ICAC wants real regulation of lobbying with its unfairness and the inherent risks of corruption.Jun 25, 2021
ICAC tried 11 years ago to persuade the NSW Government to introduce a basic system to regulate lobbyists in the state, but only the bare bones of its proposals (essentially, just 5 out of 17 recommendations) were put into effect. It has now revisited the problem and determined a far more comprehensive scheme that would allow an independent official to monitor not only lobbyists but the ministers and government officials that they try to influence.
The regulatory systems of NSW and most of the other States and the Commonwealth are essentially based on a hands-off approach that relies on those involved in lobbying voluntarily doing the right thing, with virtually no external oversight and little opportunity (if any) for public accountability. They focus on a very small proportion of the lobbying that actually happens in government.
The various codes of conduct assure us that lobbying is an important contributor to the democratic process, and appear to assume that everyone involved is some kind of benefactor and that it operates in a benign way. ICAC knows better, having investigated and exposed some lobbying that was intentionally corrupt.
As its latest report (released this week) states, “Lobbying, although widely accepted as an integral and legitimate activity for the functioning of a democratic system, carries inherent risks of corruption, undue influence, unfair access and biased decision-making that are detrimental to the public interest and effective public policies.”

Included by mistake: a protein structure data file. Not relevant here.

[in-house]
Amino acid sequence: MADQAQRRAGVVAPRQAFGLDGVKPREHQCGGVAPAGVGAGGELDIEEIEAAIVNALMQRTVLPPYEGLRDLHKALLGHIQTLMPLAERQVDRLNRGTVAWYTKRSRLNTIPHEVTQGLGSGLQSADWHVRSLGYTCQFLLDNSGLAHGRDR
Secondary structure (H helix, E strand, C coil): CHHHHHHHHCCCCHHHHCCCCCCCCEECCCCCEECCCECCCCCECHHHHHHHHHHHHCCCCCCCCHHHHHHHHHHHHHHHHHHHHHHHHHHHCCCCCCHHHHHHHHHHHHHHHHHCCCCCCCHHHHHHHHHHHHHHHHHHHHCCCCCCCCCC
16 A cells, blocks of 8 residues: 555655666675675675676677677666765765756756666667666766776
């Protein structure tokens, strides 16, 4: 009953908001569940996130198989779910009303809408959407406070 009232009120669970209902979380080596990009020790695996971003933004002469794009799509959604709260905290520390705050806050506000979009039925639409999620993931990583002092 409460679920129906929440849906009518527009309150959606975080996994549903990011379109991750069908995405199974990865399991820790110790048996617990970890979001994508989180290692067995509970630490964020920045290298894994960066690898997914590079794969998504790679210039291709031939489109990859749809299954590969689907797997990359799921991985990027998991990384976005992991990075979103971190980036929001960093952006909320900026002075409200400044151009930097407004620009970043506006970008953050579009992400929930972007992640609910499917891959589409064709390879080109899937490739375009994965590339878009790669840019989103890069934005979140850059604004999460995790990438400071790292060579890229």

The main recommendations of the report are; The creation of a dedicated lobbying commissioner to regulate the lobbying legislation with resources and powers to:
- oversee the conduct of both public officials and lobbyists under the “Lobbying Code of Conduct” and LOGO (Lobbying of Government Officials) Act, including the criminal, administrative and ethical aspects of the regulation;
- establish formal processes for accepting complaints and referrals in relation to lobbying matters;
- have powers with respect to auditing compliance;
- investigate suspected breaches (including of its own initiative) and make referrals for further investigation or sanction (if required);
- publish and disseminate any relevant findings; and
- have an advice-giving and standard-setting function.
The current Lobbying Code of Conduct (which is generalised and has no operative effect) would be replaced by a legislated code of conduct that would apply to public officials as well as to everyone who lobbies them.
Crucially, the code would impose standards and obligations on public officials as to how lobbying proposals are received, considered and determined. These would include the obligations:
- to act honestly, impartially and disinterestedly;
- to act in the public interest and not for any extraneous purpose; and
- not to act improperly, including by improper preferencing or favouritism.
What ICAC is proposing here is a code that puts in express terms obligations that (in theory) already exist under what is referred to as the ‘trust principle’ – that public office is a public trust, and that powers exercised by public officials must be exercised by them in the public interest – a power recognised by the High Court under the common law as well as in some statutes, as applying to government officials. Ministerial codes of conduct (such as the Commonwealth’s) specifically require ministers to abide by its requirements. Unfortunately, those ministerial codes are not enforceable by anyone other than the Prime Minister or relevant Premier.
This code would be enforceable by the lobbying commissioner.